The nice ones offer me a tissue. I have to lubricate my eye throughhout the day. To some it seems like tears or tearing. (I had a guy once when I lived in NYC, become very concerned. He was standing on the stairs in the subway. As each person passed he said "F^&%& you, F^&&& you." He started to say it to me, stopped and instead followed me down the stairs. "Are you allright? Don't cry. Are you allright?" "I'm okay. Really. My eye is infected, that's all." It was the standard answer I gave, the truth way too long and involved a story. "Are you sure? Are you sure?" Finally I convinced him all was well. "Okay, then." he said. I heard him as he walked back up the stairs, talking at the people coming down them. "F&*** you. F^&&& you.") One lady insisted on helping me out of the subway car, deciding, for some reason, that I must be blind. "Don't worry, dear. Just take my arm." I did not know how to nicely say I was not blind so I let her escort me onto the platform. Other folks share their remedies with them, bonding with me by assuming a similar eye issue. "My doctor gives me this antibiotic when my eye tears like that. Make sure your doc gives it to you if he isn't." "I had Pink Eye too, don't let your kids touch your eye but you'll be over it soon. I was." They are being nice. I always take it with a grain of salt and a little smile. They want to help.

I think maybe the 'different' is one of the reasons, proabably low on the list but there, that I try and keep the pain to myself. I say "Help me. or "Please." when the pain gets bad, but I say it sotto voce, as quiet as I can, the words said outloud in spite of my trying to not speak the pain. The answer to "Are you Okay?" when I am not a "I'm fine, thanks." I want to be you. I want to be the guy who is fine. Who does not have pain. Who is not disabled and afflicted.

Three oranges and a pear. One of these things is not like the other, one of these things is not the same. I hate being the pear. I want to be an orange.


  1. I know I can't say anything to make you feel better so I won't. I will only say that no one alive is normal or without heartache. Why do some of the most successful people committ suicide?
    You are a child of God and He loves you very much. He promised that we would have trouble in this world but he has overcome the world.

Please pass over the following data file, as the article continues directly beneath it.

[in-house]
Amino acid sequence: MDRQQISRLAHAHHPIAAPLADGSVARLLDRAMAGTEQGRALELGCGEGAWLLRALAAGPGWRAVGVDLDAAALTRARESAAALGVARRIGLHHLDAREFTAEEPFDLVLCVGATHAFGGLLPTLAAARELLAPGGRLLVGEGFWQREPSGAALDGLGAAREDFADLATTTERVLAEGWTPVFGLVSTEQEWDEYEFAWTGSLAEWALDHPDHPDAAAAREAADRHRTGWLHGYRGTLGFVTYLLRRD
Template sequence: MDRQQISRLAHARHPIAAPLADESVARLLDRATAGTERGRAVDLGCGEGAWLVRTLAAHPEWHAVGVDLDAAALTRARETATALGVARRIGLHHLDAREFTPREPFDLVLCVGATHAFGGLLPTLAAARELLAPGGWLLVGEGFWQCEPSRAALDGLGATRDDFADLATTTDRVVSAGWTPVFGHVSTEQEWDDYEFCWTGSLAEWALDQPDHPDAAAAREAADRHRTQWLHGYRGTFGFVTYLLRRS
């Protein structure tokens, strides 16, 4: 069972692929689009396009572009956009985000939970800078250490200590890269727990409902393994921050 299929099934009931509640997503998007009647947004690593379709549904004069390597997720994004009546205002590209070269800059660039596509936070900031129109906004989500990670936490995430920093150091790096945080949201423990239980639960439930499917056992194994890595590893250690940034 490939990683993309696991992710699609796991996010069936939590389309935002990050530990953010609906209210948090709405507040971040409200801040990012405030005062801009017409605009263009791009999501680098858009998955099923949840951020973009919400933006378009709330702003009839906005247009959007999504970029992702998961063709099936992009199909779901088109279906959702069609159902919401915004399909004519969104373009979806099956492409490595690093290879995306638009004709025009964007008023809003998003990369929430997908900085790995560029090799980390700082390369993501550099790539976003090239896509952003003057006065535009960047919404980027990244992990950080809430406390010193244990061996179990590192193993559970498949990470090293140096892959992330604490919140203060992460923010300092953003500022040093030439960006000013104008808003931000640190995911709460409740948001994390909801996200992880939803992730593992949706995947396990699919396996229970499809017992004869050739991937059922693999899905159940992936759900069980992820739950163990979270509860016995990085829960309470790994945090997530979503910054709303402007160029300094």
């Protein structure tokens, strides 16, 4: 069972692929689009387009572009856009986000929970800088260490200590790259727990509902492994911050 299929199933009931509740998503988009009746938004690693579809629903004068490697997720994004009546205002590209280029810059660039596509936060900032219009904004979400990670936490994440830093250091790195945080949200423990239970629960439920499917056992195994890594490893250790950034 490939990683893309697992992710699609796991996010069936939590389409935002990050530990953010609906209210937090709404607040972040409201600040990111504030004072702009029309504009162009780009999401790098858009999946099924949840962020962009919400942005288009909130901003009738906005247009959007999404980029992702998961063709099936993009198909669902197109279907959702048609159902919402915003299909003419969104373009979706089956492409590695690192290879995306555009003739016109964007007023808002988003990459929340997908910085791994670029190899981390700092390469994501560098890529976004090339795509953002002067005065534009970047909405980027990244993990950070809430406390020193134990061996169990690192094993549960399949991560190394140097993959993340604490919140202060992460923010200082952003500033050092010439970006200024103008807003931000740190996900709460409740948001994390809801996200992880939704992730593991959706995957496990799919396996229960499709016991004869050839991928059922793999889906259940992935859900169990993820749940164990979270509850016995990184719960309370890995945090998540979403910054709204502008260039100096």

My hope is in my eternal home with Him. You may accept or reject that but I am going to pray for you every day from now on.
    I'm leaving a link of a book I reviewed. Please take the time to read it and God bless.

  2. 22 years ago I came down with a case of Belle's Palsy. It is a virus which attacks the nerves which control the movement on the whole side of one's face. I became the pear. I had to tape my eye shut because it would drift open during the night. It was complete paralysis of the left side of my face. Luckily, it got better after 9 months. It did leave me with some minor paralysis, but I am happy for what I recovered.

    The 9 months with Palsy changed my life. I walked in the shoes of "the pears". My occupation was in retail sales, so you can imagine the reactions I got from customers. Not good.

    Although I did not experience any pain with my condition, the heartach and misery only compounded each and every time I looked into the mirror. I hated the deformed person looking back at me. What had they done with "me"? Well, they certainly changed me.

    I now have a distributorship which sells a pain relief product. I have dedicated my life to helping people in pain. This is not a sales pitch and I do not think our device would help you. It regenerates cells in soft tissue problems. I just wanted to tell you that I am reading your blog and I can clearly hear you. You keep writing... I'll keep reading. And, with time...things will change. One thing I have learned, "the only thing constant in life, is change."

    Good luck and God bless you.

  3. Sharon, Thank you. I will take a look at that for sure.

  4. Barry, Thank you for sharing that with me. When the paralysis was at its worst, and sometimes even now, looking in the mirror is difficult. I remember being in a store one day. A woman walked past me who apparently had a stroke. (Her arm was also paralyzed.) My stomach just somersaulted seeing her face. She was my mirror and I could not stand it.
    You were so very brave to fight on with retail. Some people forget it could happen to them; and do not think that we actually have feelings.
    That's wonderful that you are working to help folks in pain.
    I am so glad you are reading and that it resonates with you.
    The change idea is definitely one we both have seen, very clearly, in our own lives when we did 'lose' our face.
    Thanks Barry.